GreenCollar, Australia’s largest carbon credits generator, has joined critics that say the country’s carbon credits system needs an overhaul.
The organization made a joint submission to a government review of the carbon offsets scheme together with academics including whistleblower Andrew Macintosh.
In the submission, GreenCollar says the scheme has “fundamental problems” but also stresses that carbon credits are required for the “timely transition to a low carbon economy”.
Both the credits generator and the academics agree the scheme needs better measurement of how much carbon is captured and stored and an improved governance of the system overseen by the Clean Energy Regulator.
Earlier this year, industry leaders that profit from the carbon system in Australia also spoke out in support of expert analysis that said the country is generating meaningless credits that result in increased emissions.
Macintosh, an environment law and policy professor who used to lead the government’s Emissions Reduction Assurance Committee, said the carbon credits scheme was “largely a sham.”
James Schultz, Co-founder and CEO of GreenCollar, said the organization did not agree on that and that their projects regrowing forests in cleared areas brought real emissions cuts. However, he said the company agrees there are measurement and integrity issues with the current system.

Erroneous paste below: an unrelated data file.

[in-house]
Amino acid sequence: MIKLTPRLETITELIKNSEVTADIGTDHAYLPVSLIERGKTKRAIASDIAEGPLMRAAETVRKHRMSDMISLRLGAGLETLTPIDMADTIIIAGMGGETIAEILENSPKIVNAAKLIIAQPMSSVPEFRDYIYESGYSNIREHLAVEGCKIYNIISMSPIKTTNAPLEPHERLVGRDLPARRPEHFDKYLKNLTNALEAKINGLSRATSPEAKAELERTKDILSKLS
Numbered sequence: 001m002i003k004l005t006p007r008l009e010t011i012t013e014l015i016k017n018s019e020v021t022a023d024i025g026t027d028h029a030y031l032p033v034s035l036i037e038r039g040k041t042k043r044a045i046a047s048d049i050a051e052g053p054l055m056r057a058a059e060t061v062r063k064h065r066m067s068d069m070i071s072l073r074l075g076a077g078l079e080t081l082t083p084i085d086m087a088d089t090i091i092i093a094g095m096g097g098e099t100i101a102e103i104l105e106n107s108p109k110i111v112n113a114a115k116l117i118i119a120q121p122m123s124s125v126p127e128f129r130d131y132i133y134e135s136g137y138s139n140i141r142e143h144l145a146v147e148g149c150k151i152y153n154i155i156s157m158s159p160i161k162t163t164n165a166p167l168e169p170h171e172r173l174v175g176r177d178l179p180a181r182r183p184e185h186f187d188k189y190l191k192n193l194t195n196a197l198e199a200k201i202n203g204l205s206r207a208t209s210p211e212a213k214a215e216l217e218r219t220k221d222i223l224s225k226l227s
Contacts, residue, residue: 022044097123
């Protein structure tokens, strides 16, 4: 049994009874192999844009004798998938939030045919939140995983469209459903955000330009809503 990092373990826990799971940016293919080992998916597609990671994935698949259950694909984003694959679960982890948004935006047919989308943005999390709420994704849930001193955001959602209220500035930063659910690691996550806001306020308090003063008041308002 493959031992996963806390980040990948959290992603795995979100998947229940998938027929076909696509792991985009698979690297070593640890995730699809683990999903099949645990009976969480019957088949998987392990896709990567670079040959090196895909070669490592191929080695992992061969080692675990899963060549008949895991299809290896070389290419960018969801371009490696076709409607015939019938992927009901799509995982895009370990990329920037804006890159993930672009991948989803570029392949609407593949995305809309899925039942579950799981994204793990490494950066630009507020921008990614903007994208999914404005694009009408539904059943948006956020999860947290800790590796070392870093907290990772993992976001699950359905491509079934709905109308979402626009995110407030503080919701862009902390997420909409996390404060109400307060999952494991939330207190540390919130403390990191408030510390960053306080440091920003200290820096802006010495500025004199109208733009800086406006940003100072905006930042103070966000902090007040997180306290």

“We’ve agreed with a lot of the criticisms and we were on the record on most of this stuff before,” he said. “We don’t agree with it all, but we agree with a lot.”
While both parties in the joint statement supported the use of carbon offsets, they found three “fundamental problems” with the current system.
The first one, they said, was that the legislation overseeing carbon offsets did not guarantee high integrity standards for all methods to create carbon credits.
The second problem they saw was that the Clean Energy Regulator had too many roles and was possibly conflicted, and called for other agencies to take its role to advise the government and prepare carbon generation methods.
And finally, they said the current model that estimates how much CO2 was stored in regenerating forests was not accurate and that it could lead to overestimation of emissions cuts.
This June, The Clean Energy Regulator released a press release that said Macintosh and his colleagues did not present robust evidence of a lack of integrity in the system and that they based their analysis on incomplete data.